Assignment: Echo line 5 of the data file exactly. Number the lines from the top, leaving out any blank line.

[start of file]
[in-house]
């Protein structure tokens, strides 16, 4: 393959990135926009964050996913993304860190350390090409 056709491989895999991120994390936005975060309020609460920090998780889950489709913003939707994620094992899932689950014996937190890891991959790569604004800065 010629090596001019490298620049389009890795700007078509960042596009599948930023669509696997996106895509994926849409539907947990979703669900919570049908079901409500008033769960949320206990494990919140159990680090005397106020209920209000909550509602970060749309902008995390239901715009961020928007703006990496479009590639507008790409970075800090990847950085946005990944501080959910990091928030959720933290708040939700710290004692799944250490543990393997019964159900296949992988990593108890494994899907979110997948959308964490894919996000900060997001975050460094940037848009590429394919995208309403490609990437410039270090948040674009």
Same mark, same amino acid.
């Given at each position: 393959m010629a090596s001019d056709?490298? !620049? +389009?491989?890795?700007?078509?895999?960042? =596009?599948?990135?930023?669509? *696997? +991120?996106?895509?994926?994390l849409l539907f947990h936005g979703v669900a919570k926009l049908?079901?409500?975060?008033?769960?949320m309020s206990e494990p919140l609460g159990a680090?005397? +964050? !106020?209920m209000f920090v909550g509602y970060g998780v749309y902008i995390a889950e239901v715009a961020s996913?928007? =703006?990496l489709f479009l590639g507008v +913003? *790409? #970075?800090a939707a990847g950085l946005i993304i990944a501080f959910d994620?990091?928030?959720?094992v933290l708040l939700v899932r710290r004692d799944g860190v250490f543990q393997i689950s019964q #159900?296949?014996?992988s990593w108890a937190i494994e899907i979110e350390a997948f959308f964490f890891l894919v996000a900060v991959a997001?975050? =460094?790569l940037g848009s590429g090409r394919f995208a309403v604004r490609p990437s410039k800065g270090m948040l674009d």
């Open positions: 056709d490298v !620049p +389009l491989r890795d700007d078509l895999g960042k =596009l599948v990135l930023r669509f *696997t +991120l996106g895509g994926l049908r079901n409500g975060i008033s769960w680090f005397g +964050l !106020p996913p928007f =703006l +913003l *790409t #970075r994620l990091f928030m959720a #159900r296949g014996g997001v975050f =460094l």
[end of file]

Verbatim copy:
């Open positions: 056709d490298v !620049p +389009l491989r890795d700007d078509l895999g960042k =596009l599948v990135l930023r669509f *696997t +991120l996106g895509g994926l049908r079901n409500g975060i008033s769960w680090f005397g +964050l !106020p996913p928007f =703006l +913003l *790409t #970075r994620l990091f928030m959720a #159900r296949g014996g997001v975050f =460094l």